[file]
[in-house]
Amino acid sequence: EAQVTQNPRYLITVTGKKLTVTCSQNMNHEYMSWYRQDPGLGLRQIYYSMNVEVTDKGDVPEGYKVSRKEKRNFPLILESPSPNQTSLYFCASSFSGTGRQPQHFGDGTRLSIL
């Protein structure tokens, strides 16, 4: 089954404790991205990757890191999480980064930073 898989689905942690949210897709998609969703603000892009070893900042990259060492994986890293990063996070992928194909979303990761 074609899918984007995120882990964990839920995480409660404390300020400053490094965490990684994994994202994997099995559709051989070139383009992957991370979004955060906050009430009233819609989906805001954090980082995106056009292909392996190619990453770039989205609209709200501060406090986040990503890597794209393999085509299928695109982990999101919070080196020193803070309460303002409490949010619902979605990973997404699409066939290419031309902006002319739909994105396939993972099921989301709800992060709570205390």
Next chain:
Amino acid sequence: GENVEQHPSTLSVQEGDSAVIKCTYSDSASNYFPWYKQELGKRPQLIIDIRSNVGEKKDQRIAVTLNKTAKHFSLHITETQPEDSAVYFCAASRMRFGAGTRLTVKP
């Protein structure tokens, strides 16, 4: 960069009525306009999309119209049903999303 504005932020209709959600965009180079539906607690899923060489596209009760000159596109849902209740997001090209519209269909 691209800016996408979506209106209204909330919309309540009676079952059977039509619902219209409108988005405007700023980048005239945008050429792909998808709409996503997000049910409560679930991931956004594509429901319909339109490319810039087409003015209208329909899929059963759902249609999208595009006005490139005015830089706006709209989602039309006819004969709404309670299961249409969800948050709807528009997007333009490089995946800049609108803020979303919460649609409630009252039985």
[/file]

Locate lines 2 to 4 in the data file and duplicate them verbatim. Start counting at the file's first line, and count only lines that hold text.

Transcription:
Amino acid sequence: EAQVTQNPRYLITVTGKKLTVTCSQNMNHEYMSWYRQDPGLGLRQIYYSMNVEVTDKGDVPEGYKVSRKEKRNFPLILESPSPNQTSLYFCASSFSGTGRQPQHFGDGTRLSIL
């Protein structure tokens, strides 16, 4: 089954404790991205990757890191999480980064930073 898989689905942690949210897709998609969703603000892009070893900042990259060492994986890293990063996070992928194909979303990761 074609899918984007995120882990964990839920995480409660404390300020400053490094965490990684994994994202994997099995559709051989070139383009992957991370979004955060906050009430009233819609989906805001954090980082995106056009292909392996190619990453770039989205609209709200501060406090986040990503890597794209393999085509299928695109982990999101919070080196020193803070309460303002409490949010619902979605990973997404699409066939290419031309902006002319739909994105396939993972099921989301709800992060709570205390």
Next chain: